Going through a bad breakup can make you feel like you’re physically dying. You’re not, really, but your brain and body IS going through some pretty intense, crazy stuff. Whether you’re currently trying to bounce back from the end of a relationship or witnessing a friend go through one, here’s what’s really happening:
- Your head and heart send you mixed messages. After you invest your time, energy and possibly resources into a relationship, your brain basically comes up with a ton of reasons why you should stay in that particular relationship. So, if you get dumped or if you decide to be the dumper, your brain has to reconcile that all of that hard work maybe wasn’t worth it in the end. Your higher thinking may consider the reasons the breakup was a positive or negative experience, while your more primal thinking may resent how many resources were used in the process, resulting in you feeling a ton of mixed emotions.
- You Feel Physical Pain. Creepy but fun fact — your body has its own memory, just like your brain does. If you ever catch yourself thinking about a poignant memory, check in with your body. Chances are, something is activated. With breakups, studies have shown that the area in our brain that registers physical pain actually lights up. That’s why when you’re heartbroken, you can literally feel as though your heart is cracking in two. It’s not actually happening, but your body’s doing a good job of tricking you into thinking it is.
- You obsessively stalk him on social media. Ever feel the urge to check out Facebook or Instagram pics or read old texts from your ex? This is your brain’s way of trying to get a dopamine hit through an already established shortcut. When in a relationship, looking at a picture of your partner or planning on spending time together activates your reward system and gives you a boost of some feel-good dopamine. When you anticipate something, dopamine is there motivating you into action. It boosts again when the anticipated event actually happens, which results in you feeling pretty good. When we look at pictures anticipating relief, we’re actually bringing on more pain, as our desire to connect with this person in some way or another is not being met. You can thank dopamine for that.
- Your stress levels rise to ridiculous levels. Breakups can cause an increase in cortisol aka the stress hormone. Not only does this feel terrible, but it can negatively impact your metabolism, blood pressure, and mental clarity. Finding healthy ways to reduce your stress, process the breakup and take care of yourself are crucial when going through a rough patch.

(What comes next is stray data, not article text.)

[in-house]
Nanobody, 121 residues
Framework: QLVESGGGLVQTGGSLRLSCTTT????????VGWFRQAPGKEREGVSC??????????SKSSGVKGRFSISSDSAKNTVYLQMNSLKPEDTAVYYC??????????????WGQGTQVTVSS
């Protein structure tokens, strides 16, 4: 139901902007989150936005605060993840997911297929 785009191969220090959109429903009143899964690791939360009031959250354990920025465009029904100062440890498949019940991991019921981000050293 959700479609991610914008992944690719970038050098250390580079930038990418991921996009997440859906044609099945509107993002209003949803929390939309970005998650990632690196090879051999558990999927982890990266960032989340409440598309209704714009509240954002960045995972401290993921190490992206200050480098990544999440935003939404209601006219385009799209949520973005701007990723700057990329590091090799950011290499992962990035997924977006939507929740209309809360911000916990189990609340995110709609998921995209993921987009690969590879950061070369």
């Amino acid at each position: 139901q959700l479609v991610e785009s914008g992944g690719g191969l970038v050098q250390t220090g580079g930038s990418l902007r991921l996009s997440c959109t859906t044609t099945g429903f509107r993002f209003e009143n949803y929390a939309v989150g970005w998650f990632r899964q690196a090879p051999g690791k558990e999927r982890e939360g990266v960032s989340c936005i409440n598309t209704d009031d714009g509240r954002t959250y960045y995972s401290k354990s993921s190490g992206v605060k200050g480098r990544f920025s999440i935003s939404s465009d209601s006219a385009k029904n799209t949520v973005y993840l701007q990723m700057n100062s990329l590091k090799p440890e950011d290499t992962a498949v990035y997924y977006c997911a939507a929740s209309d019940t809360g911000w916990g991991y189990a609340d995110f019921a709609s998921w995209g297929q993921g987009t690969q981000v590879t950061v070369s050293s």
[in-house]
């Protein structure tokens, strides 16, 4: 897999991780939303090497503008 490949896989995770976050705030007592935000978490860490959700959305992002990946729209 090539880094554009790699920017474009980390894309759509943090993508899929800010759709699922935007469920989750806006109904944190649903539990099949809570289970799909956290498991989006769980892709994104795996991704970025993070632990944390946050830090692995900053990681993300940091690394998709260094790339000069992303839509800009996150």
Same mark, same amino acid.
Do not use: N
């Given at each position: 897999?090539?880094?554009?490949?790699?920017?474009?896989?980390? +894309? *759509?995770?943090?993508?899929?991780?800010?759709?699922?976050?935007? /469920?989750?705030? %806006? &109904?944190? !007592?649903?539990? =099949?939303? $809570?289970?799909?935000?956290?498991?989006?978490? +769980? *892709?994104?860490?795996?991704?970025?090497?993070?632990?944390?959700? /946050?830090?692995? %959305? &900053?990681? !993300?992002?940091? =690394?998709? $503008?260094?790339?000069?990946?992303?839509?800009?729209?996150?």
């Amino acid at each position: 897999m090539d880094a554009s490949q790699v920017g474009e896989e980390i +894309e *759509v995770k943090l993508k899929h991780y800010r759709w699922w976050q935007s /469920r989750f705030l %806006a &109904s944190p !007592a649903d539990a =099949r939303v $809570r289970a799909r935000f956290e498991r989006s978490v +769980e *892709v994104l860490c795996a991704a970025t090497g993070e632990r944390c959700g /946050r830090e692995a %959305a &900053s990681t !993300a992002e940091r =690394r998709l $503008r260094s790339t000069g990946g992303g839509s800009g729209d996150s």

- Your immune system doesn’t want to do its job. When stress goes up, immune functioning typically goes down. When your body is operating at a higher level of stress, it creates more work for your mind and body to attempt to re-balance. Typically, the longer you stress, the more you pay for it later, whether that’s through a cold or flu or something more serious. Getting sick after being stressed out is your body’s way of telling you to slow down, take care of yourself and process what’s going on because whatever you are currently doing, it is not working for you.
- You Feel Out Of Touch With Your Social Network. You may be feeling more isolated, disconnected and out of the loop with what’s been going on in the lives of your friends and family. Some people basically fall off the face of the earth when they get into a relationship, losing their important connections and isolating themselves with their partner. When breakups go down, this may leave you feeling extra lonely and out of touch with people who were important to you before your relationship. Feeling lonely activates our more primal instincts, the ones telling us that relationships are critical for staying alive.
- You’re not sure who you are outside of your relationship. The end of a relationship can really make you question yourself and what type of partners you attract or are drawn to. In unhealthy relationships, you make get tangled up into your partner’s identity, leaving you confused once they’re gone. It may feel like a part of you is missing. Take time to really think about this and use your alone time to get to know the real you, not the version of you that went with your partner.
- You’re desperate to talk to your ex even once more. Oxytocin is a positive feeling hormone that helps you feel connected. It’s released during sex, breastfeeding, childbirth, hugging and kissing and it tends to make you feel super bonded and in sync with each other. After a breakup, you may lose the main person you were getting those oxy boosts with, and that feels awful. This shift in your oxytocin may compel you to reconnect with your ex, even if you don’t fully want to, just to experience that feel-good oxytocin again.
- Your Emotions Feel Out Of Control. Anger and sadness are incredibly informative emotions to feel, even though most people would note that they don’t enjoy feeling this way. Anger propels us forward, encourages us to examine situations more closely and then to act. If your breakup makes you feel angry, really think about why and what that means for you. If you’re feeling sad, get to the root of it. Explore what being broken up with means to you and about you. You may find some valuable information about yourself. Focus on where you feel it in your body, and try to explore it without judgment.